In his own lifetime, Howard Philips Lovecraft was a virtual unknown. His stories appeared in pulp magazines such as Weird Tales and Astounding Stories, alongside contemporary genre writers such as Robert E Howard and August Derleth, and wouldn’t be published in book form until long after Lovecraft’s death.
It was only after HP Lovecraft’s passing in 1937 that his work began to be reassessed, and even then his distinctive, verbose prose was scorned by the literary establishment. The critic, Edmund Wilson, infamously dismissed the author’s tales as “bad taste and bad art” in 1945.
Gradually, however, Lovecraft’s reputation grew, and he’s now rightly recognised as one of the 20th century’s most important American authors. In 2005, a collection of Lovecraft’s stories was collected together for The Library Of America, securing the author’s place in history, even as the pulp magazines that first published his work crumble into dust.
My induction into the weird world of Lovecraft was indirectly thanks to Jonathan Ross, of all people. In the late 80s, Jonathan Ross hosted a programme called The Incredibly Strange Film Show, in which he enthusiastically introduced a range of cult horror and action movies from around the world, from Mexican wrestling features to the gore epics of Herschell Gordon Lewis.
It was on 20 October 1989, when I’d just returned from a school disco, that I caught an episode of the programme based on the films of Stuart Gordon. One of the clips Ross introduced was from Re-Animator, specifically, the moment when crazed scientist Herbert West revives a cat with an injection of luridly glowing serum. “Don’t expect it to tango. It has a broken back,” West says, just before the cat starts screeching and leaping around the room.
This was the most remarkable thing my 12-year-old eyes had ever seen, and I immediately knew that I had to see the rest of the film. Sadly, my mother had other ideas, and expressly forbade me from even attempting to get hold of a copy on videotape.
It was mere days later that, while rooting through a box of books at a jumble sale, I happened upon a horror anthology with a lurid painting of a skull on the cover. One of the stories inside was called Herbert West: Reanimator by HP Lovecraft. I’d never heard of the author before, but I knew immediately that this must have been the tale Stuart Gordon had used as the basis for his film.
I might not have been allowed to see Gordon’s movie, but surely, I thought, the story would be the next best thing. I handed over my ten pence, and whisked the book home, and read it in bed that same night.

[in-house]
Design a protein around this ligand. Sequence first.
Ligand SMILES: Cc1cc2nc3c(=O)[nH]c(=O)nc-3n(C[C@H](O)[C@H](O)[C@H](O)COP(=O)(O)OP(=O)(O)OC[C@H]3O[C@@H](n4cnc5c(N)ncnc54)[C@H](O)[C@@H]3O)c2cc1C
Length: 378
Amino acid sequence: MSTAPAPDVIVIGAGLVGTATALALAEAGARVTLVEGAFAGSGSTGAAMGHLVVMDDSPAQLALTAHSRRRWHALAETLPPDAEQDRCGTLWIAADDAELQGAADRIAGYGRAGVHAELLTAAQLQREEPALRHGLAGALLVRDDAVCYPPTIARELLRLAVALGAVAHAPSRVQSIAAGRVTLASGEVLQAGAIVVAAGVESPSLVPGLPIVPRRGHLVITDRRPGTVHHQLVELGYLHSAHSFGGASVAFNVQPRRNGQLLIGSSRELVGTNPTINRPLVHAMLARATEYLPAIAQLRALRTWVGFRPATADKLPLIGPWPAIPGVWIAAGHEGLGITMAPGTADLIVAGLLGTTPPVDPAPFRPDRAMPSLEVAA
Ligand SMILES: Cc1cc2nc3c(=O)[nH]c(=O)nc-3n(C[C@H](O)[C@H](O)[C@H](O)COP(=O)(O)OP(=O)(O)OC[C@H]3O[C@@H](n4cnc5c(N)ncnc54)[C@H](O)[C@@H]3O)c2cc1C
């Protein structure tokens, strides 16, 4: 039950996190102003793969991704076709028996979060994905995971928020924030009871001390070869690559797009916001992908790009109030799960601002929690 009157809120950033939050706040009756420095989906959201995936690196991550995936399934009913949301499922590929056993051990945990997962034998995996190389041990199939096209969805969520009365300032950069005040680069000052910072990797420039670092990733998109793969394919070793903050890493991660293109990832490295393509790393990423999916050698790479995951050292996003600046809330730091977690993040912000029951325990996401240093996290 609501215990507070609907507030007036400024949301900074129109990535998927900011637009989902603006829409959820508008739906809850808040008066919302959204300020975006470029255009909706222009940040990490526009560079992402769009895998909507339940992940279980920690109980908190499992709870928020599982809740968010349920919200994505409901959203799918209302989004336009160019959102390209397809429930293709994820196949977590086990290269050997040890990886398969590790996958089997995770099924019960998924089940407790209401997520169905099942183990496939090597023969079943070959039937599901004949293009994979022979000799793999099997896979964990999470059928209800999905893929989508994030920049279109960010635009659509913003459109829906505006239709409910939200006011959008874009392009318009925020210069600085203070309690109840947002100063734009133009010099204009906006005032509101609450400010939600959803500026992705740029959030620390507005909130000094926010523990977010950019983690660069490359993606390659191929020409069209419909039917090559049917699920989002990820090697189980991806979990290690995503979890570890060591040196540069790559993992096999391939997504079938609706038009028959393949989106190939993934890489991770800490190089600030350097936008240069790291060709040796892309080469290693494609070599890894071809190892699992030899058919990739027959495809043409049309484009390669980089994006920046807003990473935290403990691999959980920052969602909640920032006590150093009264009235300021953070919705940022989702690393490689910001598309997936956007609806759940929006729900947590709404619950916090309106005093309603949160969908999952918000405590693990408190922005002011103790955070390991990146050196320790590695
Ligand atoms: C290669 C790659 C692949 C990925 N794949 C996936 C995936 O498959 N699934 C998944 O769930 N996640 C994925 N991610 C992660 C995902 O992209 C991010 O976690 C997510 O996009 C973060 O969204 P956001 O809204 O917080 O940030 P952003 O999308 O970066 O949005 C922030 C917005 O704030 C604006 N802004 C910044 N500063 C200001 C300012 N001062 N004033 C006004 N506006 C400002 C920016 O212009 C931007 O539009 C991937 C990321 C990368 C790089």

I was terrified by it. I’d read horror stuff by Edgar Allan Poe before, but this was the first piece of fiction I can remember genuinely scaring me. Reanimator‘s premise, of a mad scientist bringing the dead back to life with a life-giving potion, was gripping, the violent behaviour of the revenant test subjects mesmerising.
Chapter three, in particular, concluded with a sentence that left me shuddering beneath my duvet:
“Looming hideously against the spectral moon was a gigantic misshapen thing not to be imagined save in nightmares – a glassy-eyed, ink-black apparition nearly on all fours, covered with bits of mould, leaves, and vines, foul with caked blood, and having between its glistening teeth a snow-white, terrible, cylindrical object terminating in a tiny hand.“
Ironically, Herbert West: Reanimator is one of Lovecraft’s least appreciated works. The author himself disliked its structure, and Lovecraft biographer, S. T. Joshi, once wrote that it was “universally acknowledged as Lovecraft’s poorest work.”
Nevertheless, Reanimator was my entry point into Lovecraft’s stories, and even having read it several times since that first encounter in the late 80s, I still maintain that it’s a strong tale, though perhaps not the best example of his style.
For the time, Lovecraft’s blurring of horror, science fiction and fantasy genres (creating a subgenre he described as cosmic horror), was extremely original and it’s little surprise that, for many years, few editors appeared to know quite what to make of his stylised, elaborately written little tales.
His best and most well known story, the novella, At The Mountains Of Madness, was rejected by Lovecraft’s usual venue, Weird Tales, for the crimes of being both too long and not containing enough horror, and ended up in Astounding Stories instead.
It’s a brilliantly woven story and exemplifies everything that’s great about the writer’s style: a chilly, atmospheric setting, unspeakable creatures that defy rational explanation, and fevered accounts of a long forgotten race of god-like beings.